Journal for October 1, 2010

It’s not raining at the moment – amazingly enough!  We’ve had incredible amounts of rain all summer.  We got 6 1/2 inches in two days last week.  Fortunately, it didn’t come down as fast as it did a few weeks ago.  It washed out some of our driveway, but we can still drive out. 

The mushrooms are loving it.  Here are a few of the ones I’ve seen in the last week – I don’t know the names of most of them.

This one is a Sulphur Shelf Fungus – id confirmed by Pete Hautman

I like this combination of tiny shelf fungi with blue-green lichens.

I’ve been seeing a lot of these orange mushrooms on dead aspens.

These big white mushrooms grow out from the trunks of live trees.

Beautiful pale lemon-colored mushrooms

This is another Lycoperdon pulcherrimum – much larger than the others I’ve seen – about 3 inches across.

Carlos and Susana came to visit on the only day without rain in the last few weeks.  Carlos rode his bike down – 102 miles from Eagan.  The last hill – over the ridge from the Buffalo River valley – was the hardest one.

It rained a little that day, but the next day, while we were touring the farm, it was beautifully sunny and warm.  I have a few photos from their visit, but Mike did a much more extensive story with lots of pictures: HERE.

Carlos & Susana on the Big View bench

And in the boat.

We had a great time.

I’m still seeing butterflies on sunny days.

Still a few Monarchs

One late Monarch caterpillar

Lots of Milbert’s Tortoiseshells – more than I’ve seen for several years.  They’ll spend the winter as adults, then mate and lay eggs in the spring.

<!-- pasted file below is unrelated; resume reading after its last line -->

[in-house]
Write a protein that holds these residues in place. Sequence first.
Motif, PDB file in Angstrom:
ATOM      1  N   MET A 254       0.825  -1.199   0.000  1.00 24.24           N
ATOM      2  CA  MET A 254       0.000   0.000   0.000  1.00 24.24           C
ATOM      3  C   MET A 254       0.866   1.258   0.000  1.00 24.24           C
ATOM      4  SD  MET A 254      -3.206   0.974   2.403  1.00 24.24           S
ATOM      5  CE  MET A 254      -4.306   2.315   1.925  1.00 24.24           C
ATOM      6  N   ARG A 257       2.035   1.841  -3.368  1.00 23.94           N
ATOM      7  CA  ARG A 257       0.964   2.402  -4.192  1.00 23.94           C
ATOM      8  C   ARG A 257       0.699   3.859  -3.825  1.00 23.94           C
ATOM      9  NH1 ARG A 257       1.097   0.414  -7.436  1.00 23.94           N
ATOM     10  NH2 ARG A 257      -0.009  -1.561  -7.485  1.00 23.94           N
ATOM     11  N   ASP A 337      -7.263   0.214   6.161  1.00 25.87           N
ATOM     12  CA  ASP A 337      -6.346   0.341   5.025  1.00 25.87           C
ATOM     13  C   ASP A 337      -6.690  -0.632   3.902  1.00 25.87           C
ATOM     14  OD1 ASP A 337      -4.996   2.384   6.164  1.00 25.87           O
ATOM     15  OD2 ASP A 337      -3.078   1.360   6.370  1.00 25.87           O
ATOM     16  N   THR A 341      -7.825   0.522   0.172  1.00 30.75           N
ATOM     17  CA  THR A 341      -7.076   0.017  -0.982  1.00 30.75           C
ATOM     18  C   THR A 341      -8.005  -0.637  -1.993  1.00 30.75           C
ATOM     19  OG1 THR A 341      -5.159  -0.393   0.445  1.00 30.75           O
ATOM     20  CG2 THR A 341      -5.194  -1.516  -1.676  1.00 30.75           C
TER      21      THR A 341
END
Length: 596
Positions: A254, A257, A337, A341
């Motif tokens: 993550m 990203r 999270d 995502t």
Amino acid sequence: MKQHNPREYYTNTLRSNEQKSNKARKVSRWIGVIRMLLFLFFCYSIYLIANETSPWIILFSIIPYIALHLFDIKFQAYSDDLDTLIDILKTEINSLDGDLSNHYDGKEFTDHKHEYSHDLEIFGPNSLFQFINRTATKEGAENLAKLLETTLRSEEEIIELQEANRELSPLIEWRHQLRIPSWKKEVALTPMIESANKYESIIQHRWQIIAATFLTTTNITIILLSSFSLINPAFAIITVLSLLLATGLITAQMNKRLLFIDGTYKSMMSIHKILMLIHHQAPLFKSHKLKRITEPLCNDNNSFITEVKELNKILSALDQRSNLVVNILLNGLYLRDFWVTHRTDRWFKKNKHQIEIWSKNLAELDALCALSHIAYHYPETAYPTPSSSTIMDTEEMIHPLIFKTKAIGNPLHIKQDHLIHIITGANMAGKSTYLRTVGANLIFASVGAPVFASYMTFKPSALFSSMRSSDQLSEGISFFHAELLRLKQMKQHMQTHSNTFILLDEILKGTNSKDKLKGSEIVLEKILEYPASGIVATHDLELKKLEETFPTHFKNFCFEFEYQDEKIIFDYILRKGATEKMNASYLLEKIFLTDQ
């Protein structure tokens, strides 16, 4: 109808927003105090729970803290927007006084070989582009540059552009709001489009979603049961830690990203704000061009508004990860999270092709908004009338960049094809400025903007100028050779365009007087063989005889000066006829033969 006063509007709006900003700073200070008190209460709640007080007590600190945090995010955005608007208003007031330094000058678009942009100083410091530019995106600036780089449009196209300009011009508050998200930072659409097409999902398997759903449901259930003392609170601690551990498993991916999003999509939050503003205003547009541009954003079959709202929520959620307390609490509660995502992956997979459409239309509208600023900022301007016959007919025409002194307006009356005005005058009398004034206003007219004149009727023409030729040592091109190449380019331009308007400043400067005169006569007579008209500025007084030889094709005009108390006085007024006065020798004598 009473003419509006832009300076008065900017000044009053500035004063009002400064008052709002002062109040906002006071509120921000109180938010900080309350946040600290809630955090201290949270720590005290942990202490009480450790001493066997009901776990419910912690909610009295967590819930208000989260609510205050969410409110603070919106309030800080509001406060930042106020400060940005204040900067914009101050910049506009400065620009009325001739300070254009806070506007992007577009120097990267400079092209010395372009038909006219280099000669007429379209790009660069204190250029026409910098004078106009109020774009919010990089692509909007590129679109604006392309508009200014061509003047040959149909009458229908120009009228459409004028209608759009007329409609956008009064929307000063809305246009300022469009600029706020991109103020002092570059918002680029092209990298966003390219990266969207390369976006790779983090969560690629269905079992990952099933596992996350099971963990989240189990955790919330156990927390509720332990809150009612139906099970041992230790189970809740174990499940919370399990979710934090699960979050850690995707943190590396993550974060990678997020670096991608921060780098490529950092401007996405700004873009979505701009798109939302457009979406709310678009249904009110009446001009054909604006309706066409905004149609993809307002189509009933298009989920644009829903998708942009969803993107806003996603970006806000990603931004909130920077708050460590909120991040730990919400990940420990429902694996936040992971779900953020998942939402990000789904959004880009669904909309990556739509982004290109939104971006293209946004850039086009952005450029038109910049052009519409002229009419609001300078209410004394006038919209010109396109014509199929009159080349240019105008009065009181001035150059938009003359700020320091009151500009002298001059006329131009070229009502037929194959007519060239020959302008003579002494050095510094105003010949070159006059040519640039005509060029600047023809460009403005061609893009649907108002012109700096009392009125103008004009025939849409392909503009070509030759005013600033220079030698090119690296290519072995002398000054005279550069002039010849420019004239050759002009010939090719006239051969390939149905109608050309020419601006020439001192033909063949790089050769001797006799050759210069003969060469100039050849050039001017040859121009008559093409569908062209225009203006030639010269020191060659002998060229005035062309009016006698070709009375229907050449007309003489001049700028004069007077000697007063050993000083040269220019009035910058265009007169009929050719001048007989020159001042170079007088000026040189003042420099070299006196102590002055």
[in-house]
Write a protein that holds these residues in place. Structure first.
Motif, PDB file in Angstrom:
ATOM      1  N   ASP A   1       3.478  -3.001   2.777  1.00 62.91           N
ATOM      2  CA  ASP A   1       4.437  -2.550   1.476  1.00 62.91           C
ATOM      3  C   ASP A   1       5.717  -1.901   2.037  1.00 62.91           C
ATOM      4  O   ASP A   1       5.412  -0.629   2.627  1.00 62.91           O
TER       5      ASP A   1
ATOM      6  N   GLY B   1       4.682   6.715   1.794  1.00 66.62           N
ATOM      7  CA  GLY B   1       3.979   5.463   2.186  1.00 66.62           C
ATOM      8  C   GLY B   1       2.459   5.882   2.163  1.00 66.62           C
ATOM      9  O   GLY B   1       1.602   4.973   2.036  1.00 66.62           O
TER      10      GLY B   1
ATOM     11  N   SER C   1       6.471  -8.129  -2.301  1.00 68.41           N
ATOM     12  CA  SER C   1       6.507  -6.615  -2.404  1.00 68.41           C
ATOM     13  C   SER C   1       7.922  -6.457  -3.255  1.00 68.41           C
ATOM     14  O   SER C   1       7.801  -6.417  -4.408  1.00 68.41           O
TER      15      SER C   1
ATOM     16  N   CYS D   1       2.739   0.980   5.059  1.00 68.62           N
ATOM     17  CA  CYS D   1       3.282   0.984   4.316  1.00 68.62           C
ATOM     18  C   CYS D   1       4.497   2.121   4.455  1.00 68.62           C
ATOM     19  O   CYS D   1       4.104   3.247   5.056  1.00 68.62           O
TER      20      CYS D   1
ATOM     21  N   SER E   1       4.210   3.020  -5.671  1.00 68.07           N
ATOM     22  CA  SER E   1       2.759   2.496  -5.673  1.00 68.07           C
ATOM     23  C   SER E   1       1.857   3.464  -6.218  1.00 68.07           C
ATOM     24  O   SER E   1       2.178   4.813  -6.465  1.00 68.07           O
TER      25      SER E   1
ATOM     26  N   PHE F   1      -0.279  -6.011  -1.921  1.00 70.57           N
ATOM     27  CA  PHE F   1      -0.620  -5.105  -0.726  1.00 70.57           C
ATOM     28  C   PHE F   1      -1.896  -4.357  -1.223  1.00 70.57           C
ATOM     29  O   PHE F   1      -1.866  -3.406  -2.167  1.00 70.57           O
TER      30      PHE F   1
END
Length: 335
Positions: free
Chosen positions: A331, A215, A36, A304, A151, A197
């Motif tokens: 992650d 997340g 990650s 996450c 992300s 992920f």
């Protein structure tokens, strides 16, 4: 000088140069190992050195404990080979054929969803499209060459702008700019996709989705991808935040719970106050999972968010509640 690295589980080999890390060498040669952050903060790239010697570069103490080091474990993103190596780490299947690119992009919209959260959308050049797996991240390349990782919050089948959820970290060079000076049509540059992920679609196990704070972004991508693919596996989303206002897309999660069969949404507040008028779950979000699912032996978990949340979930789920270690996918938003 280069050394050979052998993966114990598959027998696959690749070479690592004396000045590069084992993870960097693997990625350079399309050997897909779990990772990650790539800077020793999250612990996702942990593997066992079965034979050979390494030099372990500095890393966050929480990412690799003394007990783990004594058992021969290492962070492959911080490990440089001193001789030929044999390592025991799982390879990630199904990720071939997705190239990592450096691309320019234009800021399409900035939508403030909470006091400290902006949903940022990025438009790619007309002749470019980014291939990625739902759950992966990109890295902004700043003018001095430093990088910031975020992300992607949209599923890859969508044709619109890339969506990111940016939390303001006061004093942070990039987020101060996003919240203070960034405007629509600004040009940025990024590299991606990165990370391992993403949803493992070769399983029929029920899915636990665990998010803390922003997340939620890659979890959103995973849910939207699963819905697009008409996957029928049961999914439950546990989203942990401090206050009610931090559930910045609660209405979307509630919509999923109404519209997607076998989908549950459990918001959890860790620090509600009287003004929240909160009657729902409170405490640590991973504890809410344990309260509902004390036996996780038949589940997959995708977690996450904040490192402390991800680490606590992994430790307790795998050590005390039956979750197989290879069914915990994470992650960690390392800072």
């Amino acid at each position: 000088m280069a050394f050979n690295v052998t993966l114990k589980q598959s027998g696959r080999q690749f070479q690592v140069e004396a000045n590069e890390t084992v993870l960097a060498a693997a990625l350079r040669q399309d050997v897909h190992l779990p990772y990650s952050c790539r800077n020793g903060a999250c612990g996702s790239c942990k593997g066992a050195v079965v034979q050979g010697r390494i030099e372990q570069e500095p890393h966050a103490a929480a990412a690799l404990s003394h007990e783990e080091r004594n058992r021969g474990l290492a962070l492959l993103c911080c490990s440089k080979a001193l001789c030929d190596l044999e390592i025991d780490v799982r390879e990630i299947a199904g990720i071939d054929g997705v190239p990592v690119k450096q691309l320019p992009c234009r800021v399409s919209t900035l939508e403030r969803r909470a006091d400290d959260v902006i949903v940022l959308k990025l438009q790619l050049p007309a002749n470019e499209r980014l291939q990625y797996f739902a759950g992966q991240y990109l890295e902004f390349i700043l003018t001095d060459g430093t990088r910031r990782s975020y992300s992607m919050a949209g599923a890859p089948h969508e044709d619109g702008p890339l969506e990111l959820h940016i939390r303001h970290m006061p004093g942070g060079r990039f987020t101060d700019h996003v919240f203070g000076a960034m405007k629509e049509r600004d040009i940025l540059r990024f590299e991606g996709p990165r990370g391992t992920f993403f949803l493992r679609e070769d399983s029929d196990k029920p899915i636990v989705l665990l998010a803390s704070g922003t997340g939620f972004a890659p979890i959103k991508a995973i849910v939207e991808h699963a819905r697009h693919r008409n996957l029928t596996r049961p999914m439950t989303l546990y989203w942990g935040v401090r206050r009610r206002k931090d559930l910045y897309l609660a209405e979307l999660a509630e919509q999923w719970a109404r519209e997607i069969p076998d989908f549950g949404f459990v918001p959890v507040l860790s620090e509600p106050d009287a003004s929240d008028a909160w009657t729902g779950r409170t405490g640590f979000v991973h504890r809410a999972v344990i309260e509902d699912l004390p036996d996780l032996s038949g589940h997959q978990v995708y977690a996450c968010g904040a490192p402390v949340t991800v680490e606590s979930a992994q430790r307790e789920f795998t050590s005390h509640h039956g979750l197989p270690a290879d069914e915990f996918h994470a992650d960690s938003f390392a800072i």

Little Yellow

Giant Swallowtail

Common Buckeye

Common Checkered Skipper – these aren’t really common.  I usually see a few at the end of the year – they fly up from farther south.  This is the first one I’ve seen this year.

We had a visit from Scott Perez, from the Lost Ladybug Project.  The LLP is at Cornell University – they’re trying to find more about native ladybugs.  Most of the ladybugs we see now are exotics – the Multicolored Asian Ladybug and the Seven-spotted Ladybug are the most common around here.  But there are many native species which seem to be becoming rarer, and the LLP is trying to find them and figure out if their populations can be preserved. We’ve found two Nine-spot Ladybeetles here at the farm – one of the rare native species.  Now that I’m looking harder, I’m hoping to find more.

Scott and I took two long walks looking for ladybugs.


There weren’t many ladybugs, but we found a few.  These are non-native Seven-spotted Ladybugs on a dried up Field Thistle.

I found a stash of acorn caps under one of our oaks on Hidden Oaks Point.  It looks like something was eating a lot of acorns.

There are still flowers blooming, and the prairies are beautiful.

Showy Goldenrod in Western Prairie

Zig-zag Goldenrod

Yellow Coneflower

Sumac leaves

Gray Goldenrod

Path to Indian Grass Prairie

Butterfly Weed with ants – every Butterfly Weed flower I found was covered with ants.

Brown-eyed Susan

Sky-blue Aster

Smooth Blue Aster

Purple Giant Hyssop

There are still a few moths – but the nights and days are getting colder.  They won’t be around for long.

This is a stem borer moth – I’m not sure which species.

Wavy-lined Emerald

Bent-line Carpet

I saw another skunk – but by the time I got my camera out, it realized I was there and was starting to run.

I think there’s been a bear around – we found one of our birdhouses bend down to the ground.

The sky over Hidden Oaks Point.